so I bought my rock climbing gear yesterday from a local climbing gym that is between my house and my work.  I've climbed twice so far and I have to say I really like rock climbing.  I think over time it will balance out real well with me commuting to work on my bike.  


I think after some time on the high walls I will try out bouldering.  btw rock climbing shoes hurrrrrt when you aren't used to them.


#30 losc


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Posted 24 January 2013 - 07:17 AM

Stanking is the ultimate full body WORKOUT


That nosebleed can't be a good sign :/

#31 Mateui


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Posted 26 January 2013 - 12:58 AM

Anyone know of any routines to actually put on weight?


I'm 6'1" but only 118 lbs (!) - haven't gained weight since highschool and that was almost 10 years ago. Tried eating tons and eating unhealthily but nothing ever worked so maybe weightlifting is the way to go? I hate being skinny!

#32 MaD


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Posted 26 January 2013 - 01:46 AM

Weightlifting and getting a good deal of protein in your diet is the way to go.  I used to be the same way although not nearly as severe.  I was 5'11" and 160lbs and built up to about 190lbs which isn't drastic but enough to get my friends to stop calling me skinny.  


So with 3x5 meaning 3 sets 5 repetitions, the routine for me included switching off between squats 3x5, military press (overhead press) 3x5, chin-ups 3xF (meaning you keep going in each set until you fail a rep).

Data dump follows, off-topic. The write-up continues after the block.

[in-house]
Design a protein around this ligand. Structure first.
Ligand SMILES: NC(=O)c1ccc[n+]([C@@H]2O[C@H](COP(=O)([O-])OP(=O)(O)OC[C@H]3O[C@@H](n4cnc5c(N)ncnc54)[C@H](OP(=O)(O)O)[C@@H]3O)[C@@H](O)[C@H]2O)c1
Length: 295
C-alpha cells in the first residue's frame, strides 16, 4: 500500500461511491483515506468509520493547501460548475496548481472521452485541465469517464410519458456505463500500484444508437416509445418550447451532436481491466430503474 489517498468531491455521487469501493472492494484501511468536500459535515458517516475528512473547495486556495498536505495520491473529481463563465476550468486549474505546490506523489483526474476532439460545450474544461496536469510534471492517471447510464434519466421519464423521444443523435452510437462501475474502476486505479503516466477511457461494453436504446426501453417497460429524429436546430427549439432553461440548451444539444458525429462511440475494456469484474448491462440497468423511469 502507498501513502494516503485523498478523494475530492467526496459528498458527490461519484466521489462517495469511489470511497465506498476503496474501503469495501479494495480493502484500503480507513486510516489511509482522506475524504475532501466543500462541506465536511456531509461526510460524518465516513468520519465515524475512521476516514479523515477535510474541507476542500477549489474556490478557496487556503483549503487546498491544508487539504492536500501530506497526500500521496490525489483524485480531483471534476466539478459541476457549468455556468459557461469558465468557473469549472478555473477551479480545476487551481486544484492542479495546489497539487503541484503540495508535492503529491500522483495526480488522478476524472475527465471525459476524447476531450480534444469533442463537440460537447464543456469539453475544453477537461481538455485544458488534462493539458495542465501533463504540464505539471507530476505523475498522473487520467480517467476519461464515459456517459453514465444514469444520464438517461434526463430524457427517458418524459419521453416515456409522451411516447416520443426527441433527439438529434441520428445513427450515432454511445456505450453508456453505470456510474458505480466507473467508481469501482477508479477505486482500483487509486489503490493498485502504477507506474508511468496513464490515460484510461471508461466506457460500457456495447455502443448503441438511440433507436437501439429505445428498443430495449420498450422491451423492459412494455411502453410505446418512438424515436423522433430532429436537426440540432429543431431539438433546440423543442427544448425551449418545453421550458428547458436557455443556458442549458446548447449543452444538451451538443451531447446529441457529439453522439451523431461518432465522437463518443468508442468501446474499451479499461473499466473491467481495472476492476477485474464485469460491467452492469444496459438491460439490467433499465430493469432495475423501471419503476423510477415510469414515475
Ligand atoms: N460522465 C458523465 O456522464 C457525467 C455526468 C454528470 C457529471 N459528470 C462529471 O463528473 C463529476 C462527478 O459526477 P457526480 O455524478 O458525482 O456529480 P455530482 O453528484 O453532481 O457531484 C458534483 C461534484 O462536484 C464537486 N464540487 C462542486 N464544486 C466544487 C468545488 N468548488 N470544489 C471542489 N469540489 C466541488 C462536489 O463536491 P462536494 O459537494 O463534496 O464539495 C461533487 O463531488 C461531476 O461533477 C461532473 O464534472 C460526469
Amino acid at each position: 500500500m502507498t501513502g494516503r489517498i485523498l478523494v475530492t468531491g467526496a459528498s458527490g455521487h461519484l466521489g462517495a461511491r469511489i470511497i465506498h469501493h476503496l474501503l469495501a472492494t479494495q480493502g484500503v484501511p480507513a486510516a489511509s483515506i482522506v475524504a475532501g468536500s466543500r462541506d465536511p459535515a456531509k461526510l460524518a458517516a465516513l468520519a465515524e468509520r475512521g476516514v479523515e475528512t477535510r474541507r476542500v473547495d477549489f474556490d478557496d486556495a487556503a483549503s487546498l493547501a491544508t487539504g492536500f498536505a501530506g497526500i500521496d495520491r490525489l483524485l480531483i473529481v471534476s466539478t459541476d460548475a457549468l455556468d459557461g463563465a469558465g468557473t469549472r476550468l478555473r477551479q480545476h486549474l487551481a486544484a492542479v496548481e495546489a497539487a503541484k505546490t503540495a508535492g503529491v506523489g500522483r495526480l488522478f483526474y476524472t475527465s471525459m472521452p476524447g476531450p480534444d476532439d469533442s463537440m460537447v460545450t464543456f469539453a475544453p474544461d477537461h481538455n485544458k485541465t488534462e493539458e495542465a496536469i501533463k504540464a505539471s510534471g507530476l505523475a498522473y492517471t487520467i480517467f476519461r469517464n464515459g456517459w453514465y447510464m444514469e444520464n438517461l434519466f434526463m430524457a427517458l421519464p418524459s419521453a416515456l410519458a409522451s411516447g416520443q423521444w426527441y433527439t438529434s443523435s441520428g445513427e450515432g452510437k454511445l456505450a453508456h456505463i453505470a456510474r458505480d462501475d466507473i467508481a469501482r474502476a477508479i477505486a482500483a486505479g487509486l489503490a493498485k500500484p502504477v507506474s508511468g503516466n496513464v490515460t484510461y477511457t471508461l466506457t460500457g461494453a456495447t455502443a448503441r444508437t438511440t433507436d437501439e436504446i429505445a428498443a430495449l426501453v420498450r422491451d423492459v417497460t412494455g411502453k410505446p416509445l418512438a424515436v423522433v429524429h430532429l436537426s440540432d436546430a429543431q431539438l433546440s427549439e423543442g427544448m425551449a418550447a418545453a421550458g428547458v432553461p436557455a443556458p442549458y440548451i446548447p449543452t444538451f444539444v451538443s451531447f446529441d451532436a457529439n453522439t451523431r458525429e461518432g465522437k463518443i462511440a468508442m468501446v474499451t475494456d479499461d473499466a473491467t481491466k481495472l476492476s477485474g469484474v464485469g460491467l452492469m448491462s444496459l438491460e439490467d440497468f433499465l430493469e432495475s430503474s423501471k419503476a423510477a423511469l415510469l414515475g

Then the next workout day (with one or two days rest in between) 3x5 squat, 3x5 bench press and 5x1 deadlift.  It's important to note for each of the lifts I would commonly do a lot of warm-up reps before hand which I believe was the key for me building volume.  


Doing squats for example, I would do like 5 reps 135lbs to start, 5 reps 175lbs, 3 sets (a triple) for 205lbs, then 3x5 225lbs.  You have to be cautious with this route since it can generate a good amount of muscle fatigue and that can cause an injury.  


#33 Barack Obama

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Posted 26 January 2013 - 02:35 AM

Anyone know of any routines to actually put on weight?


I'm 6'1" but only 118 lbs (!) - haven't gained weight since highschool and that was almost 10 years ago. Tried eating tons and eating unhealthily but nothing ever worked so maybe weightlifting is the way to go? I hate being skinny!